College students have one area that presents them with a greater challenge than most others face, and that’s eating well. My oldest can sing a song about it; it can be pretty darn hard to eat well as a college student.
College just seems to throw a lot of roadblocks to healthy eating that non-students don’t seem to have to deal with, including super-tight budgets, lack of cooking tools, and ridiculously busy schedules.
Believe it or not, there are ways you (college kid) can break through these roadblocks. It may be challenging, but despite them all, it’s possible.
Focus on eating well most of the time, not on being perfect.
It’s almost impossible for anyone to stick to their diet 100% of the time. Eat healthy 80%, indulge the other 20%.
The diet I am suggesting is based around eating what our ancient ancestors ate such as meats, fish, vegetables, fruits, nuts, and natural oils (also known as the Paleo Diet). Processed foods (sugar and grease), white bread and white pasta are not part of this diet, so the goal should be to minimize them as much as possible.
Living in a Dorm
For the first three years of college, my daughter Melody lived in a dorm and loved it.
All throughout this time, she was stuck on a meal plan. While the cafeteria offered a lot of options, much of it couldn’t even be considered healthy.
So, if you’re living on campus and are required to have a meal plan, is there any hope for you?
I think there is. While you may not be able to eat perfectly, you can get close, and doing well is what really counts. Let’s look at some strategies for getting the healthiest bang for your buck in the dining centers.
Even though being on a meal plan means you’re forced to eat at a certain place, you’re still faced with an abundance of choice when you enter that dining hall.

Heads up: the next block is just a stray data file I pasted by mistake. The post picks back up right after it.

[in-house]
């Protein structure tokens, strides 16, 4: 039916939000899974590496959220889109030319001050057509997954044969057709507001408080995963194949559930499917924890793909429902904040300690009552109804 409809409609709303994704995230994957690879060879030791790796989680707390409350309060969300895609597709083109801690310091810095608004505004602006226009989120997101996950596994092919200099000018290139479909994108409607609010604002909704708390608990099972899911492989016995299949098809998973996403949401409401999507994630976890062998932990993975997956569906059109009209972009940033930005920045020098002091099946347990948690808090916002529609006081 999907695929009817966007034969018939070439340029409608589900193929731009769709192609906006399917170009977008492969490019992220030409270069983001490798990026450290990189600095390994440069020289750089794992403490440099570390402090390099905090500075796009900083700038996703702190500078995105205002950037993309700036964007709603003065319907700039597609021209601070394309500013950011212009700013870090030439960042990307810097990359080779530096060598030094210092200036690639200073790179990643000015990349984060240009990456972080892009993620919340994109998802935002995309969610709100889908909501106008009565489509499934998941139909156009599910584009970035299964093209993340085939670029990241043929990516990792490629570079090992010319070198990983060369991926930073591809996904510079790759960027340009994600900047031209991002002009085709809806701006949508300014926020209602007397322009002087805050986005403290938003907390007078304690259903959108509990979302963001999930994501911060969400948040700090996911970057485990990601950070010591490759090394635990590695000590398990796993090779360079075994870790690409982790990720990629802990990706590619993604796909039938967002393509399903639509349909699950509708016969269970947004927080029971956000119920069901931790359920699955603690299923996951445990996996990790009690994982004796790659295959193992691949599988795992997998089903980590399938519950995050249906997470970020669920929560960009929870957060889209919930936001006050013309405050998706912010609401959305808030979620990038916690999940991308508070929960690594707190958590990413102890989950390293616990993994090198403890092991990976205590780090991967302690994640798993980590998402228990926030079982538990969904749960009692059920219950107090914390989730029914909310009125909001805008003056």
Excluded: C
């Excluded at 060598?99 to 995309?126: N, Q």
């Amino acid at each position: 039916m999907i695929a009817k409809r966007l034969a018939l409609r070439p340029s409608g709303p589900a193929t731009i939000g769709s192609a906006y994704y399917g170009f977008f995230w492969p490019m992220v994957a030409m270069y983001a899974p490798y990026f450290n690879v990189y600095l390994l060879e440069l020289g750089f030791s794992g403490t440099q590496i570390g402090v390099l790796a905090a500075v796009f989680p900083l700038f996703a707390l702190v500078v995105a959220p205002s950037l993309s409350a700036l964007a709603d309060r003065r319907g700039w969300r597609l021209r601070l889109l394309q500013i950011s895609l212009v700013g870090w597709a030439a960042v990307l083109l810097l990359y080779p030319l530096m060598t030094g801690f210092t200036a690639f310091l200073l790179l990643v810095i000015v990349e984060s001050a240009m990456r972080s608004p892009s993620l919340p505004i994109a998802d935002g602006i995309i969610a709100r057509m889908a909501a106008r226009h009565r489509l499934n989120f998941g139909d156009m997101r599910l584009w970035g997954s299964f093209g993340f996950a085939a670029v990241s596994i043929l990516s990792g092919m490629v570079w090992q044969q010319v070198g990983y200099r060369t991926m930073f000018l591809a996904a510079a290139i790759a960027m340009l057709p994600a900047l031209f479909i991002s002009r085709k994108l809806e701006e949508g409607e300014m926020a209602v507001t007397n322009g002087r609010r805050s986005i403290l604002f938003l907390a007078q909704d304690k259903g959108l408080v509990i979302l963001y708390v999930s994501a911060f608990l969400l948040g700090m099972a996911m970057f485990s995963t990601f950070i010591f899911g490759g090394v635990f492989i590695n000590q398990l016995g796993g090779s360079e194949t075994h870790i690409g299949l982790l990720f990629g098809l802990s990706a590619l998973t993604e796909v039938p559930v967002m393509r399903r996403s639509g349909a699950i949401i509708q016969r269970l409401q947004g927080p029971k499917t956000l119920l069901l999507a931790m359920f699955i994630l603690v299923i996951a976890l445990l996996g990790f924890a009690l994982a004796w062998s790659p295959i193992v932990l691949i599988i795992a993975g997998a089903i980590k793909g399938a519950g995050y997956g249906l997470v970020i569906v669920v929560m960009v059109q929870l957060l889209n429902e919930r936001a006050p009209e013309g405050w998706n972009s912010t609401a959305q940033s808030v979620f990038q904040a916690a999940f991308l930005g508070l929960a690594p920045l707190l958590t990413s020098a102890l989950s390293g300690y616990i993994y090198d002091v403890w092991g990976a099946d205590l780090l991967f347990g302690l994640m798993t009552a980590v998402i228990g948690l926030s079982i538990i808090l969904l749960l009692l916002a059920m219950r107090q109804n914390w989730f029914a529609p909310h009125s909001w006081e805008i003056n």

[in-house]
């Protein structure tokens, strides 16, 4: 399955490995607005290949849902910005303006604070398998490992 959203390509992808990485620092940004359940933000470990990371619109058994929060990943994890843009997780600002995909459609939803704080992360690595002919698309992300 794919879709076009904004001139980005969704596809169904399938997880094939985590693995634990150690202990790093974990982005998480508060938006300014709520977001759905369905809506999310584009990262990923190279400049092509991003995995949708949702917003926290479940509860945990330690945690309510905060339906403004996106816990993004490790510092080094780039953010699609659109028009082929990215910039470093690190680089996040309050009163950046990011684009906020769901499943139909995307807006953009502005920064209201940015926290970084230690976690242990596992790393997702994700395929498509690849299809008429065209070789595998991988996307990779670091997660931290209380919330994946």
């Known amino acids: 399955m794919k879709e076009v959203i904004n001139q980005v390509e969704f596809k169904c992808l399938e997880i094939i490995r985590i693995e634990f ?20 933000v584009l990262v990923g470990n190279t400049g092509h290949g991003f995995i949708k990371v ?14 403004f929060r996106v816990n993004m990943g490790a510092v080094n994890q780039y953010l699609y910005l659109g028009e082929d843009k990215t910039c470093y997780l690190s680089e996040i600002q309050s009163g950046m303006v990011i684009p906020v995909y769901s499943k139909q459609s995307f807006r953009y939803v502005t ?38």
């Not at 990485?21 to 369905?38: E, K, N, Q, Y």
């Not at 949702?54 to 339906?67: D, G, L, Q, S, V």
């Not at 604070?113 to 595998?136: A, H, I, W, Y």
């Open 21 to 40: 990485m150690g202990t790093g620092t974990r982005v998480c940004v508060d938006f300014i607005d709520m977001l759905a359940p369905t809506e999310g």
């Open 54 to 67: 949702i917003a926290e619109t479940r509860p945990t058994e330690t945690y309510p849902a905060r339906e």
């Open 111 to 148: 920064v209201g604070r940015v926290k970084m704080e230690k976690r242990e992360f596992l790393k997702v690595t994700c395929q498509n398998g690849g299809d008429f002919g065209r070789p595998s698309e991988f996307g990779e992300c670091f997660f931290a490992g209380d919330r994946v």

The key to eating healthily on a meal plan is making the right choices and steering clear of the bad ones.
Here are some healthy meal choices Melody found in her own dining centers:
- Grilled chicken
- Cooked vegetables
- Salad bar (this was her main staple)
- Hard-boiled eggs at the salad bar ( she loves eggs)
- Omelettes (breakfast)
- Veggie stir-fry with brown rice
- Whole wheat pasta
Now, all you have to do is stay away from the bad stuff.
Her younger sister Christy is a freshman this year. She lives in a dorm and has a meal plan. But, not having a kitchen doesn’t stop Christy from eating healthy. Her small fridge is stocked with these items from Aldi:
- Nuts (almonds, pecans, sunflower seeds)
- Greek yogurt
- Cottage cheese (she is in love with it)
- Veggies (peppers, spinach, cherry tomatoes, baby carrots, lettuce)
- Fruits (strawberries, blueberries, peaches, plums, bananas are her favorite)
- Peanut butter
This year, Melody is a senior and she will be sharing an off-campus apartment. She can now prepare her own healthy meals, even on her tight budget. Thank goodness for Aldi where she’ll do most of her grocery shopping. Aldi has quality groceries (including organic items) at affordable prices. Aldi’s organic and natural Simply Nature and Fit & Active products are up to 50% cheaper than national brands. This will allow Melody to eat healthy and stay on her budget.
Bottom line, no matter where you live
Even if your motto is “We can get free meals if we join every club on campus,” or “Pizza at 2 a.m. helps me study better,” eating healthy during college is very important. But it has to be you that initiates the change. Remember, perfection is not necessary; you just need to focus on eating well as often as you possibly can.
*** Aldi provided me with a gift card to try some of the items mentioned in this post. I have been grocery shopping at Aldi since I was a little girl living in Germany (Aldi was founded in Germany in the 60s). I love Aldi’s low prices and quality products, and we shop there every week.